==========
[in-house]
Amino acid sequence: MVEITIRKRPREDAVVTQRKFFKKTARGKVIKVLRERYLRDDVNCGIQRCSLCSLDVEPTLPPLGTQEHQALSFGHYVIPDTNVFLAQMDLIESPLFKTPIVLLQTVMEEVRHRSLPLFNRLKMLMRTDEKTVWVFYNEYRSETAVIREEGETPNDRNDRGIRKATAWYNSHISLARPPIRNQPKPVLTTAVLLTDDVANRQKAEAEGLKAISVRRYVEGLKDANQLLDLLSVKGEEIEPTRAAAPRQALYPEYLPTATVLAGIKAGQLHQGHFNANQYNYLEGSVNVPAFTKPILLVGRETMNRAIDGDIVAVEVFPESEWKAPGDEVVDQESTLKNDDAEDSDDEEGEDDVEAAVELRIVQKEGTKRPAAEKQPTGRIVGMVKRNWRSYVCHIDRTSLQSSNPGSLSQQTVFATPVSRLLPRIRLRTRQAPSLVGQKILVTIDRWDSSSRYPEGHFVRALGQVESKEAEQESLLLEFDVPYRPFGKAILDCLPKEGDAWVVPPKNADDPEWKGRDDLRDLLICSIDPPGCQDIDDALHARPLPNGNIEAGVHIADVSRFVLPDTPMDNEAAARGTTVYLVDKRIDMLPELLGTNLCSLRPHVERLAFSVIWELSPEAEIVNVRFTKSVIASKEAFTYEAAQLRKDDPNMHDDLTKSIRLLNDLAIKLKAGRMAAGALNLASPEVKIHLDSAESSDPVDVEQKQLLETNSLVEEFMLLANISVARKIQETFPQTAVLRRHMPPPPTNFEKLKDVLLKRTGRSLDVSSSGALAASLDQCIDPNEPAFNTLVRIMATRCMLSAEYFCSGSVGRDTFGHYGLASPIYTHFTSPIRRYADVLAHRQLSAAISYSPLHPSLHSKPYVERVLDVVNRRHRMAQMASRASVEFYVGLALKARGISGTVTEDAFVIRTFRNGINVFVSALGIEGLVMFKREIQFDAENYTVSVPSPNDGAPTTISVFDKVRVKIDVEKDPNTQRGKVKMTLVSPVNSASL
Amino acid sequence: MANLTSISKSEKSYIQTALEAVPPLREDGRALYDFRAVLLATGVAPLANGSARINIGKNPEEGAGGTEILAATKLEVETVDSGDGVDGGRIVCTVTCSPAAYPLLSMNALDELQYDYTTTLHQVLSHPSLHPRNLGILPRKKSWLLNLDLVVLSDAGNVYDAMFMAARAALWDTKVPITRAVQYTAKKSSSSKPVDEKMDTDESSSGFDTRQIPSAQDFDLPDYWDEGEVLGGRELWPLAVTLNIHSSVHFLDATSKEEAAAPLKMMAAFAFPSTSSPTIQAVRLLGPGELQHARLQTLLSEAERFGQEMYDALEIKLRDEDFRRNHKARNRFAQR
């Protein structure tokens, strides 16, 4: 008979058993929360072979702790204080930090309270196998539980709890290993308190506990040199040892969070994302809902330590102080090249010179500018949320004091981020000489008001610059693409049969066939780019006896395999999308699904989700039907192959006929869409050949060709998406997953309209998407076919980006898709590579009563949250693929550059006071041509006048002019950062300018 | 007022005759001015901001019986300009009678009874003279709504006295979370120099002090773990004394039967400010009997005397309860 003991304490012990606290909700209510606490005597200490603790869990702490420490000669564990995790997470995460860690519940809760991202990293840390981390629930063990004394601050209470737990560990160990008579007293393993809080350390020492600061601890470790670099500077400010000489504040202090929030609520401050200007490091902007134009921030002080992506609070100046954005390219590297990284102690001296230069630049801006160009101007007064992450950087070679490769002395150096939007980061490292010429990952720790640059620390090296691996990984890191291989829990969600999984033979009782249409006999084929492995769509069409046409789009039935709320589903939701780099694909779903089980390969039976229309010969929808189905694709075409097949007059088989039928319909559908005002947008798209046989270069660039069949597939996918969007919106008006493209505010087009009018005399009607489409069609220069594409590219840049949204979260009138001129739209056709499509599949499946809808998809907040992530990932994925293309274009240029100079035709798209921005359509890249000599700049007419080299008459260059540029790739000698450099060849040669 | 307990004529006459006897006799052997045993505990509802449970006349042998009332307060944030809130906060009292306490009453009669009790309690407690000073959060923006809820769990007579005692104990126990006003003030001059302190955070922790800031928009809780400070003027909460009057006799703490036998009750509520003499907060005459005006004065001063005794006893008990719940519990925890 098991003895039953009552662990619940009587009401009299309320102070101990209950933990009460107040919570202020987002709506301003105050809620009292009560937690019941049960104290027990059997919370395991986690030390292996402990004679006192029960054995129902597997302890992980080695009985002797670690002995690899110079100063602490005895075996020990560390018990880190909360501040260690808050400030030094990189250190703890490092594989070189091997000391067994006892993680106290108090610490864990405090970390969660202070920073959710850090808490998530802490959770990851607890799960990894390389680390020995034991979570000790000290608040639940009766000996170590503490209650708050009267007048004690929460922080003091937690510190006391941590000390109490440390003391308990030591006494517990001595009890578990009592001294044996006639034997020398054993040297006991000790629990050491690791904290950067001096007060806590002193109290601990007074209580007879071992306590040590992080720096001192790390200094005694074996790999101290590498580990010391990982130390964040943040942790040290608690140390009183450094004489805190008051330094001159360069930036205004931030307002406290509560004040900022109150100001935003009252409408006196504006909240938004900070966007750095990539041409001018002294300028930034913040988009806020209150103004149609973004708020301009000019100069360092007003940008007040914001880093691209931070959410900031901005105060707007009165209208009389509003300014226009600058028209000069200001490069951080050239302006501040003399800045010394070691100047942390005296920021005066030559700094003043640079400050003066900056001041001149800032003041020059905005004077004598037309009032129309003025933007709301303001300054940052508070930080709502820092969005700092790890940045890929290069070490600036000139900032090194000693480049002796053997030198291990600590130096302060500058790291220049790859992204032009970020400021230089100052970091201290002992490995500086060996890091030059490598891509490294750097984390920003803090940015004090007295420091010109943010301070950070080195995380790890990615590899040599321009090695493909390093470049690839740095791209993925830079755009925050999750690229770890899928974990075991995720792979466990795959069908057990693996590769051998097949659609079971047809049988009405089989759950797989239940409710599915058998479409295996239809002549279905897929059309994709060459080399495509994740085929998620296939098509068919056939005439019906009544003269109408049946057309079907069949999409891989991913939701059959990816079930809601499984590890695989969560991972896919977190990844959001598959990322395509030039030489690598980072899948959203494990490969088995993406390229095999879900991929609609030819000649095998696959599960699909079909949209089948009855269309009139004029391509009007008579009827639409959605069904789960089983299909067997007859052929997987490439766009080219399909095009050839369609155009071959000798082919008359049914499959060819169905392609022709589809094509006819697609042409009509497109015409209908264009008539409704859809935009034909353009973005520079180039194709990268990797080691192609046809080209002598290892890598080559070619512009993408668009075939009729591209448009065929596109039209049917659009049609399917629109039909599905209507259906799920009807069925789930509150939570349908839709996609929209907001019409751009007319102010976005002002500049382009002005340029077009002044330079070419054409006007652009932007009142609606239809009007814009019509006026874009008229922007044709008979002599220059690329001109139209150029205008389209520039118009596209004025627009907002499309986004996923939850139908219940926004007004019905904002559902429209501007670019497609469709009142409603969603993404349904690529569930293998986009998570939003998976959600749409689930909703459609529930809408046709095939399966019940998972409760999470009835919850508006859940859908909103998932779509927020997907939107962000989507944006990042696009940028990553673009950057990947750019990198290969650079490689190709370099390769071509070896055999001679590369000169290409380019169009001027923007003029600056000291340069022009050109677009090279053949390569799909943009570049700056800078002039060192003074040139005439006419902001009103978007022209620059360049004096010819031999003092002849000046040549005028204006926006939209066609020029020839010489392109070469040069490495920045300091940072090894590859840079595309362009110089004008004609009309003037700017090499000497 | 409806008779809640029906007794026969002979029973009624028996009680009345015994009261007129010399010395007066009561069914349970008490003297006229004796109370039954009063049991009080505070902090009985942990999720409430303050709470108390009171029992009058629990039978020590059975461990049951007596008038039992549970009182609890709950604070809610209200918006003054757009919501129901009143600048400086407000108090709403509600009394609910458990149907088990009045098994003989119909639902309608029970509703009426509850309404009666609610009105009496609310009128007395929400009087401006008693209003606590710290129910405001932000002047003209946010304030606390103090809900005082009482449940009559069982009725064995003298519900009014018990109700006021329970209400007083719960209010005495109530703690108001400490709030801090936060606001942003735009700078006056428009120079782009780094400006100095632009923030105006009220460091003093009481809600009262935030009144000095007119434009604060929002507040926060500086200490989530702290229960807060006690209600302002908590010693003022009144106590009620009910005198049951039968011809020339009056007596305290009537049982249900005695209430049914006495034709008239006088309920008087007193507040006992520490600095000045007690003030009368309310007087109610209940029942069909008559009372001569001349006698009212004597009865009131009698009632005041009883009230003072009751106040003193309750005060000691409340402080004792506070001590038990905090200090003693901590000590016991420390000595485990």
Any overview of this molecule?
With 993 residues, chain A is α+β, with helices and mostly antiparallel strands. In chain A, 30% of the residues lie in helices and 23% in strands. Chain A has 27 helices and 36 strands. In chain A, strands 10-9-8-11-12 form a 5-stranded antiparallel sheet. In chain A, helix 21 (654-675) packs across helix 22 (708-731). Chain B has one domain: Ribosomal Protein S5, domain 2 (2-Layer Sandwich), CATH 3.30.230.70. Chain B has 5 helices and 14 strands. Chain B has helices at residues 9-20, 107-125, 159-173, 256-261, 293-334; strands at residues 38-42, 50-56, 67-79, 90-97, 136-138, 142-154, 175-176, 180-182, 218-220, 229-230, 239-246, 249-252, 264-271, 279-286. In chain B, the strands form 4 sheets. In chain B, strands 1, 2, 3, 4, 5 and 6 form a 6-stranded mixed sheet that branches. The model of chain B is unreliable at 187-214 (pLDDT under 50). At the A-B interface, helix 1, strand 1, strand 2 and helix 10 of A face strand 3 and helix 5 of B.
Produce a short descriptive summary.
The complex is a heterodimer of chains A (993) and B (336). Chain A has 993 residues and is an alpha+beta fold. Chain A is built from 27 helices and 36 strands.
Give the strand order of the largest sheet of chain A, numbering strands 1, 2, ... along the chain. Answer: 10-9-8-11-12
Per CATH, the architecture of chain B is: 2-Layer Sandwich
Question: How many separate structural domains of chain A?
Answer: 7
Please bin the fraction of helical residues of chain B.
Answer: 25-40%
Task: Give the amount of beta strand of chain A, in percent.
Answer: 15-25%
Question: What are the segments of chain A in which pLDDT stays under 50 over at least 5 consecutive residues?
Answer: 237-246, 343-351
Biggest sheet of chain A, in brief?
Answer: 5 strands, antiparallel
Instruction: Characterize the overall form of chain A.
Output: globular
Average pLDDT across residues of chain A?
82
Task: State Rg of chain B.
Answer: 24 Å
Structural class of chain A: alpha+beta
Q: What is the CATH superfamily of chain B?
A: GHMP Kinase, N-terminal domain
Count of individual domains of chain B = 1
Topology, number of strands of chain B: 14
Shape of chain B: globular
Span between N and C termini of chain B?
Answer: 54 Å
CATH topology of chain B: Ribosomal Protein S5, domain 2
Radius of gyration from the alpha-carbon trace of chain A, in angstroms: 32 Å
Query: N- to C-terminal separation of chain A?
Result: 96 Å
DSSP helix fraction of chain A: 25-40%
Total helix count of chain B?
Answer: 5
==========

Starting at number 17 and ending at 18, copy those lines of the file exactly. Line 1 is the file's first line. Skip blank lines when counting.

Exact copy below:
Question: What are the segments of chain A in which pLDDT stays under 50 over at least 5 consecutive residues?
Answer: 237-246, 343-351